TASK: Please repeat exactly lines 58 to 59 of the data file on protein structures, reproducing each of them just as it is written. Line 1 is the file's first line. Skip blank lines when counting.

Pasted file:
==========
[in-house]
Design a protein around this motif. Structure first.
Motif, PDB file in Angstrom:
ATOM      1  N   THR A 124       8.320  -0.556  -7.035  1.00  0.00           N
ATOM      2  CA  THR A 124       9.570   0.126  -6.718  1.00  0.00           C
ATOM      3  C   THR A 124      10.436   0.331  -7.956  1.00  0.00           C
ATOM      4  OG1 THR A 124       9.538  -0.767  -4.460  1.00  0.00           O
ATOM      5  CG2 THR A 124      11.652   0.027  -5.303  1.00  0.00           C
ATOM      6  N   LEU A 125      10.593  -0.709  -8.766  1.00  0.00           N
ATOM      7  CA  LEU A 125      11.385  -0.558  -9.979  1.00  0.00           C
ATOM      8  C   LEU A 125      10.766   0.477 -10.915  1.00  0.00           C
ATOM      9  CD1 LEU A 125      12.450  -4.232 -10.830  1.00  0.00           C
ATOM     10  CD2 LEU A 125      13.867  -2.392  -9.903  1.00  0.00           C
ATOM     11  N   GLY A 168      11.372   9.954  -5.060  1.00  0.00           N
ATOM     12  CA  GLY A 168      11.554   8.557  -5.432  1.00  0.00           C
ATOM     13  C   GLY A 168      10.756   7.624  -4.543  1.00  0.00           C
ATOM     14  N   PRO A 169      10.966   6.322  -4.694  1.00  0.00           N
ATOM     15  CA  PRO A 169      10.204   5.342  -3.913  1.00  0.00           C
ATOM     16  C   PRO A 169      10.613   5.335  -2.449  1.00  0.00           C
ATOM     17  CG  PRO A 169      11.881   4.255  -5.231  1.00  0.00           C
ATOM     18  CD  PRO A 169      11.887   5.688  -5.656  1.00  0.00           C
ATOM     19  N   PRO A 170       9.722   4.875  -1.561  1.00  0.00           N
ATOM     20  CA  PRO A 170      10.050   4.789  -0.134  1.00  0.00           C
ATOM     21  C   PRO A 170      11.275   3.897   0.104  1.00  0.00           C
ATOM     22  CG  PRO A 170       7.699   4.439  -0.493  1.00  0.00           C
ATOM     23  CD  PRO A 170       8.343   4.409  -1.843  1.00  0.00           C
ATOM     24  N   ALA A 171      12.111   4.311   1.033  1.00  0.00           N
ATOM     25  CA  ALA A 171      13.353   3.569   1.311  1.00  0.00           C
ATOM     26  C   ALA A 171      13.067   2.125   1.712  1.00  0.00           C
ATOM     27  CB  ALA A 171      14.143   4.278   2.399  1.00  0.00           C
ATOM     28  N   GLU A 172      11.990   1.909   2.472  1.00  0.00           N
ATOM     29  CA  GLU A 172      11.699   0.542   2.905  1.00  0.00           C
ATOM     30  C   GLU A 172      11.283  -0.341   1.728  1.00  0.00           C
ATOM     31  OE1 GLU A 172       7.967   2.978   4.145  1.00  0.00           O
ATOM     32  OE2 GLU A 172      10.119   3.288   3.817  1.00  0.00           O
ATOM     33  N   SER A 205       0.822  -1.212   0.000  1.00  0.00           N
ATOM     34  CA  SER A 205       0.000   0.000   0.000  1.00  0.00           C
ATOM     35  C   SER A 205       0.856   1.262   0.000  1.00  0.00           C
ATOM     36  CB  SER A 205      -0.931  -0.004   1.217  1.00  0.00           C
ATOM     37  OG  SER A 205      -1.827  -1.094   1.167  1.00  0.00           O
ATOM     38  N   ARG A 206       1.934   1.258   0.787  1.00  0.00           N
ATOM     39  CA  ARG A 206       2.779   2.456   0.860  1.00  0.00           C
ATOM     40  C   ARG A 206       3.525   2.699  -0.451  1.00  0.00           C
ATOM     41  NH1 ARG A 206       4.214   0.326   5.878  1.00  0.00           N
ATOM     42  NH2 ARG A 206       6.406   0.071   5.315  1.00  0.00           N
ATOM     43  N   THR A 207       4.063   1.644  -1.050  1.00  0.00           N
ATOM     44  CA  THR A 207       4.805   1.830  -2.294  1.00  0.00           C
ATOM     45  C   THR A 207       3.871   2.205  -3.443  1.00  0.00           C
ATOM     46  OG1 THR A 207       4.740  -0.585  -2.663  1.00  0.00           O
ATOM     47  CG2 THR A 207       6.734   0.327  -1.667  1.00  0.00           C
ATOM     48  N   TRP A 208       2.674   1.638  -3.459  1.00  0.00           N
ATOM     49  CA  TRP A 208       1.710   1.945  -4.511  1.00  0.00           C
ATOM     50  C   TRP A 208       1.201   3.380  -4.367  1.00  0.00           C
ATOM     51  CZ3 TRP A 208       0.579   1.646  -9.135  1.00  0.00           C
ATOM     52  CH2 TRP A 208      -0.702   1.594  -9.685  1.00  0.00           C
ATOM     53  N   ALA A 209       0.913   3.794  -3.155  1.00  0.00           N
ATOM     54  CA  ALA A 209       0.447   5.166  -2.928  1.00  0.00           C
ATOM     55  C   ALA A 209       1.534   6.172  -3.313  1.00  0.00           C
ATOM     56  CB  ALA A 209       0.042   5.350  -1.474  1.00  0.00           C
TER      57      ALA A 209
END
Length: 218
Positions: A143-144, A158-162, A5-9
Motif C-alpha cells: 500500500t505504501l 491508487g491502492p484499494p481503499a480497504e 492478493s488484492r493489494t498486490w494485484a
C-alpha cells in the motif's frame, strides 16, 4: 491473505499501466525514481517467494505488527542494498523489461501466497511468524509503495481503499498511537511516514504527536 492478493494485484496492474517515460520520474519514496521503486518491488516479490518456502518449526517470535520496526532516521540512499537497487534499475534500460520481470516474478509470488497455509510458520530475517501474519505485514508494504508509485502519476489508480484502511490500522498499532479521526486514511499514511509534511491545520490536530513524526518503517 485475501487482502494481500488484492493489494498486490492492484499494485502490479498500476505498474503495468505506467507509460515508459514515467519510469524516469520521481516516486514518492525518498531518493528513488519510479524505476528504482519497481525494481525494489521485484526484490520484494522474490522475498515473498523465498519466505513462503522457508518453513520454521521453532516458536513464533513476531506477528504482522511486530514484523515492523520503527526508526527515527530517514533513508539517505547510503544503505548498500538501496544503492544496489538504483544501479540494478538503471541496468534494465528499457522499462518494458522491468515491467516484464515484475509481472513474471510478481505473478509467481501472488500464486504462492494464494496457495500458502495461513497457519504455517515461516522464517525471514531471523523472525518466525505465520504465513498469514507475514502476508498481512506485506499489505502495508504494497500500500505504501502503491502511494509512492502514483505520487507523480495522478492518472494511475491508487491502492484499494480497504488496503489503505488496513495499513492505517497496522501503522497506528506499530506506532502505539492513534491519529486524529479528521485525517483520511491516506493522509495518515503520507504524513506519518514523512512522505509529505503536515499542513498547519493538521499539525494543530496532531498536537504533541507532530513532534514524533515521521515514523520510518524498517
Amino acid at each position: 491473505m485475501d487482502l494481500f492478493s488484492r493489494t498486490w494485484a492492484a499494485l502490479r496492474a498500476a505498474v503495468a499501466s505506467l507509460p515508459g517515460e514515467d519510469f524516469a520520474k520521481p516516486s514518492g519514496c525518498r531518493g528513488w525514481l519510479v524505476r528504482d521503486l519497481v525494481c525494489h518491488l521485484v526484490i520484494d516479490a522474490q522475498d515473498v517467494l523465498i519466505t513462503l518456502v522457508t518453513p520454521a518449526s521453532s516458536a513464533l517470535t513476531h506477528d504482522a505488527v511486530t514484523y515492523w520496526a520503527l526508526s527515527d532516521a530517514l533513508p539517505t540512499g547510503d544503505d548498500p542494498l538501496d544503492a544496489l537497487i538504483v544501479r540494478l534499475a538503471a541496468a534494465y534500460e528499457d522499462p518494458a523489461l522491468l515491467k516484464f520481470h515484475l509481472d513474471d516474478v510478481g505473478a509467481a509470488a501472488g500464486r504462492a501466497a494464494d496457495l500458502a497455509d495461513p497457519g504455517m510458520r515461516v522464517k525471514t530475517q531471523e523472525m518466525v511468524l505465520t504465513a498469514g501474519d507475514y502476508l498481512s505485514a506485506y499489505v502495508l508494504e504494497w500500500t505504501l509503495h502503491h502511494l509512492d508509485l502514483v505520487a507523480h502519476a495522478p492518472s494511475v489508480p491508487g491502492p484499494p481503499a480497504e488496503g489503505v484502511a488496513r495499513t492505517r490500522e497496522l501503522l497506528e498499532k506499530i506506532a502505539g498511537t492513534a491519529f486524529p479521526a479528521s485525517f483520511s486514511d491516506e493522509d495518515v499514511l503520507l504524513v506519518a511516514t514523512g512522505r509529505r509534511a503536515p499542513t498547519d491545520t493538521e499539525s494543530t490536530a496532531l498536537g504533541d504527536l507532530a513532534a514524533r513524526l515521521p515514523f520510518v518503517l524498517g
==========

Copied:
ATOM     55  C   ALA A 209       1.534   6.172  -3.313  1.00  0.00           C
ATOM     56  CB  ALA A 209       0.042   5.350  -1.474  1.00  0.00           C